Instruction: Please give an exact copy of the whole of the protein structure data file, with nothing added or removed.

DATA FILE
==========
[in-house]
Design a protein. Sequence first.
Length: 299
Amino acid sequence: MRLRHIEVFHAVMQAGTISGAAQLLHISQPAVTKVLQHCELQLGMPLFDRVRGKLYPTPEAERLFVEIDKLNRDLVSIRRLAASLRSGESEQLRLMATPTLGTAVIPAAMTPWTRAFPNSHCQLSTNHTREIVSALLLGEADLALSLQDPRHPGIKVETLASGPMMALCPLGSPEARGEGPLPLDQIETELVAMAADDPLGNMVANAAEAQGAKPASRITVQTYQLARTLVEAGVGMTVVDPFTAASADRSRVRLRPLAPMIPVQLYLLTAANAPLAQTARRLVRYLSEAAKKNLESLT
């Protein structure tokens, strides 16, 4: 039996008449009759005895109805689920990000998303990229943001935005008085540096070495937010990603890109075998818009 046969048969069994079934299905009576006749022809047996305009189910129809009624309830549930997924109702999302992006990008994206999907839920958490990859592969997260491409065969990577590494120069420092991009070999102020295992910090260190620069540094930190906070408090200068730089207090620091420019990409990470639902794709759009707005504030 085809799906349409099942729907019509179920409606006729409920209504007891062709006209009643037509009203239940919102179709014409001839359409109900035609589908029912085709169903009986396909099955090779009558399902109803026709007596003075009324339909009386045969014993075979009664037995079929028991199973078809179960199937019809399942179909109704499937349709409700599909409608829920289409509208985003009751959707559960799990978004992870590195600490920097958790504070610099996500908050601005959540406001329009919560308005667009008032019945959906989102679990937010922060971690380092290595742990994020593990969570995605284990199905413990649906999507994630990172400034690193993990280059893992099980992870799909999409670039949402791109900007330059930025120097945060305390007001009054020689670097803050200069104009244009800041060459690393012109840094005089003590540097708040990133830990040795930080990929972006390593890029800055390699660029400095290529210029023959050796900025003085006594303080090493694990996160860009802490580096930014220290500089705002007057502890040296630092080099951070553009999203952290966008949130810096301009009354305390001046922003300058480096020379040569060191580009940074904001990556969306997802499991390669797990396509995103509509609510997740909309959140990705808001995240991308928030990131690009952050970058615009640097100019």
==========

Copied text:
[in-house]
Design a protein. Sequence first.
Length: 299
Amino acid sequence: MRLRHIEVFHAVMQAGTISGAAQLLHISQPAVTKVLQHCELQLGMPLFDRVRGKLYPTPEAERLFVEIDKLNRDLVSIRRLAASLRSGESEQLRLMATPTLGTAVIPAAMTPWTRAFPNSHCQLSTNHTREIVSALLLGEADLALSLQDPRHPGIKVETLASGPMMALCPLGSPEARGEGPLPLDQIETELVAMAADDPLGNMVANAAEAQGAKPASRITVQTYQLARTLVEAGVGMTVVDPFTAASADRSRVRLRPLAPMIPVQLYLLTAANAPLAQTARRLVRYLSEAAKKNLESLT
């Protein structure tokens, strides 16, 4: 039996008449009759005895109805689920990000998303990229943001935005008085540096070495937010990603890109075998818009 046969048969069994079934299905009576006749022809047996305009189910129809009624309830549930997924109702999302992006990008994206999907839920958490990859592969997260491409065969990577590494120069420092991009070999102020295992910090260190620069540094930190906070408090200068730089207090620091420019990409990470639902794709759009707005504030 085809799906349409099942729907019509179920409606006729409920209504007891062709006209009643037509009203239940919102179709014409001839359409109900035609589908029912085709169903009986396909099955090779009558399902109803026709007596003075009324339909009386045969014993075979009664037995079929028991199973078809179960199937019809399942179909109704499937349709409700599909409608829920289409509208985003009751959707559960799990978004992870590195600490920097958790504070610099996500908050601005959540406001329009919560308005667009008032019945959906989102679990937010922060971690380092290595742990994020593990969570995605284990199905413990649906999507994630990172400034690193993990280059893992099980992870799909999409670039949402791109900007330059930025120097945060305390007001009054020689670097803050200069104009244009800041060459690393012109840094005089003590540097708040990133830990040795930080990929972006390593890029800055390699660029400095290529210029023959050796900025003085006594303080090493694990996160860009802490580096930014220290500089705002007057502890040296630092080099951070553009999203952290966008949130810096301009009354305390001046922003300058480096020379040569060191580009940074904001990556969306997802499991390669797990396509995103509509609510997740909309959140990705808001995240991308928030990131690009952050970058615009640097100019």